Thousands of documents, some documenting the auction and sale of black American slaves, made their way to the auction block before black historians and community members stepped in to reclaim ownership of their past.
“It was important for the community because it will connect the dots for the people and the younger generation, to let them know how things were. To move forward, you have to see what the past looked like, ”said Carolyn Brooks, community historian with the Chesapeake Heartland Project.
Approximately 2,000 pages from the late 1600s to the early 1800s were found in a plastic garbage bag in the attic of a 200-year-old house near Chestertown, Md., While the owner, Nancy Bordely Lane, was cleaning it this spring. The foundations of the house, built in 1803 on a property that has been in the family since 1667, were reportedly damaged and the structure was to be demolished. The documents were intended for the trash, but were collected and delivered to Dixon’s Crumpton Auction in waxed seafood boxes, John Chaski, an expert in ancient manuscripts, told the Washington Post.
Darius Johnson, a Washington College alumnus, was one of many who saw photos of the documents on the auction house’s Facebook page. After returning from Baltimore to Kent County, Johnson joined the Chesapeake Heartland Project at Washington College, working with the Smithsonian’s National Museum of African American History and Culture and local partners. For him, the documents could not have appeared at a better time.
“This project started giving me pieces of myself and who I am and it’s something I couldn’t be more grateful for,” said Johnson, who also works with a local accession initiative. to property for low-income residents, many of whom are black. . Among the documents was a contract to take over a 50-acre farm originally purchased by Solomon Willson, a Free Métis man, in 1802.
“Tying the historical narrative together has been essential because I want black people in Kent County to know that only a generation or two away our people had something – and in that generation or two we have lost that. It’s not that far, it’s achievable, ”he said.
Lane didn’t know how the collection of documents from several different families that were intertwined by the marriage got there or how long it had been there. But while she may not have recognized their importance, members of the black community did, banding together with the college to raise funds and purchase the entire collection. Former Washington College student and administrator Norris Commodore – the first African-American in the local community to graduate from the college and after whom part of the collection bears his name – and his wife, Terry, were part of several black donors who mobilized to buy the entire collection. for a “five-figure” price.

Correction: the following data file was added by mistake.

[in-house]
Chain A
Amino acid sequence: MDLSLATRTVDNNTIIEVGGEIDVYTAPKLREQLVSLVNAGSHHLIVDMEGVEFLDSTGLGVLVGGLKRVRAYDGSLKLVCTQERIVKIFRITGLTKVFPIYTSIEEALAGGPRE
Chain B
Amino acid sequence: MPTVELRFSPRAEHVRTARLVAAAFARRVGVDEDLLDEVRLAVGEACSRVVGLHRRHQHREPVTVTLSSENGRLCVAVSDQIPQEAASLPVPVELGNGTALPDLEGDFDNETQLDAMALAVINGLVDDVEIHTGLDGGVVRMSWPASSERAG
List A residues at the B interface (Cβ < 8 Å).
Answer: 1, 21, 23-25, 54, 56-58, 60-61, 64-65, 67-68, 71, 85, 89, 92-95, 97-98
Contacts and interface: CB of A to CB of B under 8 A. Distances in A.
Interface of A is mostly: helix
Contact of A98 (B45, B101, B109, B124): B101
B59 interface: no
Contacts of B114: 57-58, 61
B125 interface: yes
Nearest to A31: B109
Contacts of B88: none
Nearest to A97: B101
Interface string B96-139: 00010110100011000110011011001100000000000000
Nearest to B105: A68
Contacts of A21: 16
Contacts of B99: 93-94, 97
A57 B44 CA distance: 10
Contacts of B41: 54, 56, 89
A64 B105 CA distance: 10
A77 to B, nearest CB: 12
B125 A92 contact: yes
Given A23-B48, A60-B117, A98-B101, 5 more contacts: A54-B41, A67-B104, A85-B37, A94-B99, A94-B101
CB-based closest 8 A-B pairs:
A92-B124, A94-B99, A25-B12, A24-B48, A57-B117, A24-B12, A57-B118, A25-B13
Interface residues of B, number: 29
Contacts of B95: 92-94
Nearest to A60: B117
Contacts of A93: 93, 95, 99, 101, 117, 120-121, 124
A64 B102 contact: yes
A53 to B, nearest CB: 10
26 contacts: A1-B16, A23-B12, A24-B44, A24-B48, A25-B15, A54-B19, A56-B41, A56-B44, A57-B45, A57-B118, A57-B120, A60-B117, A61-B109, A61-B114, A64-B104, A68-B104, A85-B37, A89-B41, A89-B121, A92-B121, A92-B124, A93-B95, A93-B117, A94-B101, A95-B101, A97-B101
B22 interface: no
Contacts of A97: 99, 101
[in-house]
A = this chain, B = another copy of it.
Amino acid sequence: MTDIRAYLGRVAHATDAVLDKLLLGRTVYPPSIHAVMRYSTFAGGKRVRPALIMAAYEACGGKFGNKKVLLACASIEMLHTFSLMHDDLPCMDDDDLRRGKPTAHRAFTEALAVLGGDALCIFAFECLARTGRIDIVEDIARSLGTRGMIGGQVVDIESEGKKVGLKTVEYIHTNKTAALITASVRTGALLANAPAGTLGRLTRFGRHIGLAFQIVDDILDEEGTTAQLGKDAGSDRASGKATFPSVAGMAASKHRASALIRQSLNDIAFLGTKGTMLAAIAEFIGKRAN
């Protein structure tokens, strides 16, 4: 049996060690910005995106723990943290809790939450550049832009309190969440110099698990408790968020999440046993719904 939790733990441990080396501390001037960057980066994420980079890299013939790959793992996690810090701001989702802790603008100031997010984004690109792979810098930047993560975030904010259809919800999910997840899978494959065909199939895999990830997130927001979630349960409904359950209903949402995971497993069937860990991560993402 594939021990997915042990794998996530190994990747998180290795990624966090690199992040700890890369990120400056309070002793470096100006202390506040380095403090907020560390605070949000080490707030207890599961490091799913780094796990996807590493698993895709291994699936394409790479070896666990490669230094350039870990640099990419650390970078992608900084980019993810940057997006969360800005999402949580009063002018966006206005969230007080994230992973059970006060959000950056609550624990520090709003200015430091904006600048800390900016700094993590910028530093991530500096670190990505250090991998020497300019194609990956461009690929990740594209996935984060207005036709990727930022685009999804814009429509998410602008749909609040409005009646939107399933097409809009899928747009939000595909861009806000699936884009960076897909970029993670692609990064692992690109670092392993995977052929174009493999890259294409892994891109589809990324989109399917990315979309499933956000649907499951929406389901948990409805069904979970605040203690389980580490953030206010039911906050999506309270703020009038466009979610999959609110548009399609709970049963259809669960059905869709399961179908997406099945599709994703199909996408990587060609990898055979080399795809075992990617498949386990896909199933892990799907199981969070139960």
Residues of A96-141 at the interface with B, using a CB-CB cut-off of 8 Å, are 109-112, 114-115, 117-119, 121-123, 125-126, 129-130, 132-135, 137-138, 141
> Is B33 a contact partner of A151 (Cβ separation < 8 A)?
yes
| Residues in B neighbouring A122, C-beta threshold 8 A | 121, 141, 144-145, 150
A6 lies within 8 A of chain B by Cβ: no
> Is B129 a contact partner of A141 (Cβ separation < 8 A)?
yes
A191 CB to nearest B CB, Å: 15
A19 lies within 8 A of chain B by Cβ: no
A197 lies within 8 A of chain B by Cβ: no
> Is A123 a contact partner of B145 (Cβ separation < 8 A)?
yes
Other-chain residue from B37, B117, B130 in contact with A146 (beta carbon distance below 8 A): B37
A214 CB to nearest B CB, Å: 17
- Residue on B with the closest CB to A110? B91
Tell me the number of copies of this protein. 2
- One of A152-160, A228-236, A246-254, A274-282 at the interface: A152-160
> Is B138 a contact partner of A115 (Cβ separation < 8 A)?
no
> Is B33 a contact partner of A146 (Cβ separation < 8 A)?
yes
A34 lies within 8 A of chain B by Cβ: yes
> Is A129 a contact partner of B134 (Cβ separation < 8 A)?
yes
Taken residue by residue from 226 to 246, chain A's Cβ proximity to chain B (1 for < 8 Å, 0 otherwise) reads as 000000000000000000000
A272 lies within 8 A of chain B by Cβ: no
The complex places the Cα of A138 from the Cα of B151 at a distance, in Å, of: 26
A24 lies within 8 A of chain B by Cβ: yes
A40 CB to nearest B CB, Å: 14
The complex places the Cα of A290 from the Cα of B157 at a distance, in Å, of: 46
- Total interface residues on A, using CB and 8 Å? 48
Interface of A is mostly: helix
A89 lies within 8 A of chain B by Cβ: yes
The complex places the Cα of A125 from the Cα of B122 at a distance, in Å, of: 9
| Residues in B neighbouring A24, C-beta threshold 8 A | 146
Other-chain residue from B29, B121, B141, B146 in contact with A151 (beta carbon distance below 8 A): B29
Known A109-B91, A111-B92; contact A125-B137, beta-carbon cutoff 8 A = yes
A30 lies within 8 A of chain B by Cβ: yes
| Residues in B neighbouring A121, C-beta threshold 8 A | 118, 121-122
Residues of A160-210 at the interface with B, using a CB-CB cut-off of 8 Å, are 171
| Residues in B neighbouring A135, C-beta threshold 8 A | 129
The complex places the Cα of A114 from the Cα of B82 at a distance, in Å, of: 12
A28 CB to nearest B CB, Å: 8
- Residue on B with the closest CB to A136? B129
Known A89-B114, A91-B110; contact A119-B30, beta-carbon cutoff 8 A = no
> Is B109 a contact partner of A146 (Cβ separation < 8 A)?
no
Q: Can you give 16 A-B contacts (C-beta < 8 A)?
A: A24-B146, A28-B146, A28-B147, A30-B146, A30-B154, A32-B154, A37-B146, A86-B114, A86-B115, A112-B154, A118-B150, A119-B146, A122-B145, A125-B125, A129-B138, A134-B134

“I love it,” Lane told the Washington Post after learning about the sale. “History must be recognized.”
Part of what makes the documents so rare is that they were from ordinary families, said Adam Goodheart, director of the Starr Center for the Study of the American Experience at Washington College – from small farmers, shoemakers or carpenters rather than elite or wealthy plantation owners.
“These were people for whom slavery was on a smaller scale, in a more intimate sense,” Goodheart said, adding, “but I think these documents make it clear that the system was no less cruel.”
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Several documents record the sale of enslaved men, women and children. Others, like a financial statement for a young white child, reveal more subtle cruelties, like the purchases of cloth, shoes, and school books she made using earnings from the stolen labor of three slave laborers, including Benjamin. – a child himself.
At the same time, the documents also contain stories of free blacks, some who escaped slavery, and even their relationships with white landowners.
“When you talk about history in this area, it’s colonial history, which is white history and black history is always separate,” said Airlee Ringgold Johnson, community historian at the Chesapeake Heartland Project. “I hope that at some point this country will get to the point where it can recognize that history is history and combine the two stories.”